While, taken as a whole, the Tea Party is racist, that is too simple, since one of their heroes is Allen West, an African American from Florida, who insists there are nearly a hundred members of the Communist Party in Congress.
Liberals should remember that it was not so long ago that the nuts who didn’t believe in evolution, or racial equality, were in the Democratic Party — until the Civil Rights Revolution in the 60’s and the shift in the Democratic Party drove these folks into the GOP. But what is disturbing is how comfortable Romney seems to be with these people, with the support of someone such as Donald Trump. It may sound elitist of me, but I’m bothered as much by the sheer vulgarity of Trump as I am by his politics.
What I know, at 83, is that it was foolish of me, in 1964, to support LBJ when it was clear he would win. I had thought my vote — and the rallying of liberals and radicals in his support — would be a referendum in favor of civll rights and peace. Sadly he plunged a half million men and women into Vietnam. How much better if we had given our support to any candidates on the left in the election.
I know my position is alien to the three socialist groups of which I’m a member. The Socialist Party will be upset that I support voting for the Greens in a swing state where our party is not on the ballot. Democratic Socialists of America and the Committees of Correspondence for Democracy and Socialism will (not all of them — I am not the only member in dissent on this issue) be distressed that I do not see the historic imperative of full support for Obama.
What I think those of us on the Left need to do is to realize, first, how small our forces are. Obama will win or lose even if all the members of the groups I’ve named above simply sat this race out. Other, much more powerful forces will determine the outcome. The Black Churches, the Hispanic community, the trade unions, the independent liberals who do not belong to any radical group. (And, of course, on Romney’s side are other powerful forces, some quite dangerous and essentially anti-democratic.)
The second thing we must do is realize that major changes in our culture never originate within the major parties. The Civil Rights movement, the women’s movement, the Vietnam Peace movement, the Gay and Lesbian movement, the environmental movement — all of these began outside either major party, and only by their growth did they force their issues on the political agenda.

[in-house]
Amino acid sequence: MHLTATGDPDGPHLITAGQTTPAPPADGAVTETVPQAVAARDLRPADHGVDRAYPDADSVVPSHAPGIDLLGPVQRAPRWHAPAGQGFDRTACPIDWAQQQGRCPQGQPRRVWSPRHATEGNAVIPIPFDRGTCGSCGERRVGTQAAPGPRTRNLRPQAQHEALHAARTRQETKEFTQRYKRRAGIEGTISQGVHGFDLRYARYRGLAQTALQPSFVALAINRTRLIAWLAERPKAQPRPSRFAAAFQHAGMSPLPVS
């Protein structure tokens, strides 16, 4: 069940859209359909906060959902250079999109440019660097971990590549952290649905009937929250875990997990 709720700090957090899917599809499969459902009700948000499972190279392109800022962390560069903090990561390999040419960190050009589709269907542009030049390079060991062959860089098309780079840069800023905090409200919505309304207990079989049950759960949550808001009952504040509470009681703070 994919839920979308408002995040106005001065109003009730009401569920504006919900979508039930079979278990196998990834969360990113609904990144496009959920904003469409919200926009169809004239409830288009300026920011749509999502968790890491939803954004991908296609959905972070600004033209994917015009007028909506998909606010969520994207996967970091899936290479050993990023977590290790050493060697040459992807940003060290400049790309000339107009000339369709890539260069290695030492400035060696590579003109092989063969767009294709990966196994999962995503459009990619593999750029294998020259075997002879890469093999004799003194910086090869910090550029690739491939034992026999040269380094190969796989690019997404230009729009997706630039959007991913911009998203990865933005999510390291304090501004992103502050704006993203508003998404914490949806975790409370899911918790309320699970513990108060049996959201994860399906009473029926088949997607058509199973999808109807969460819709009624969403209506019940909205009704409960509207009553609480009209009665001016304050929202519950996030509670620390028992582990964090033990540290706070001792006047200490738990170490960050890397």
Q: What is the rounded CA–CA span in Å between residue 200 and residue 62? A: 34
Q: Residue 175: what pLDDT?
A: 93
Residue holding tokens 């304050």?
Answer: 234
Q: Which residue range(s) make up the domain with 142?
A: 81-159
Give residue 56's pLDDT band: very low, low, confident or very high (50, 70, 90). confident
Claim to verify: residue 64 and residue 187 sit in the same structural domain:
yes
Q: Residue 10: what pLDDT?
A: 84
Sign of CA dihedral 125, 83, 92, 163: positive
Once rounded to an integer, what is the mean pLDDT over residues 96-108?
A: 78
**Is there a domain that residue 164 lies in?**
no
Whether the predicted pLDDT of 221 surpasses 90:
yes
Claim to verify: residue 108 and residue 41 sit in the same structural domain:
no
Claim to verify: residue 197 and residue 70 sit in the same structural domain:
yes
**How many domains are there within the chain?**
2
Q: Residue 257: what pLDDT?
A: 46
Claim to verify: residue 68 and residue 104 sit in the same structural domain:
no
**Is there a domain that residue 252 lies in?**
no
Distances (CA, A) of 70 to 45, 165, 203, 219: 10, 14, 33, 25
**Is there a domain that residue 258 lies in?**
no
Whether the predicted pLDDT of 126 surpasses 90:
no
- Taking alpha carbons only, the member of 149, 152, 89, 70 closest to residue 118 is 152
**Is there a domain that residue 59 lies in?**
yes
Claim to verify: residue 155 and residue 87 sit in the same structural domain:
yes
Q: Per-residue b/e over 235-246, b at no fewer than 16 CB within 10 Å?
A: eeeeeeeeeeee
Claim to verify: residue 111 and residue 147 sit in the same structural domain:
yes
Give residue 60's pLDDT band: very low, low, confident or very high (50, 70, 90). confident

So our work is local. It is slow. It is educational as well as political. And our goal is not to achieve the victory of liberalism, but of a radical change in the economic and social culture of our times. Yes, for me that means democratic socialism — clearly a discussion for another time, even though the failures of capitalism are by now clear to many.
One final thought, which is on the late entrance of the abortion issue into the campaign. In some ways this is a secondary issue, as I do not think even a Romney victory would result in banning abortion. But there is something about the Tea Party support of “right to life” (and remember that Aiken’s positions on this are very much the same as those of Romney’s running mate) which is deeply dangerous.
I do understand the profound moral issue this poses for Mormons, Catholics, Orthodox Jews, and evangelicals. I do not mock their concern. I do not take abortion lightly (and by and large neither do women). I will leave to one side the obvious — that men, from the leaders of the Mormon Church to the Pope in Rome, do not face this problem in any immediate way.
What is important is that to make one’s moral position a matter of law — to decide that not only will good Catholics not have abortions, but that laws should be passed making it impossible for secular women to make that decision– is to pass from being a secular and democratic society to one which takes on the tinge of the Taliban. That is why we keep Church and State separate — something the current Republican Party no longer accepts.
Part Two will come later. Meanwhile, I do hope you vote — that right was won at great cost. Just make your vote as meaningful as possible.
[David McReynolds is a former chair of War Resisters International, and was the Socialist Party candidate for President in 1980 and 2000. He is retired and lives with two cats on the Lower East Side of Manhattan, and is happy power has been restored.. He posts at Edge Left and can be reached at firstname.lastname@example.org. Read more articles by David McReynolds on The Rag Blog.]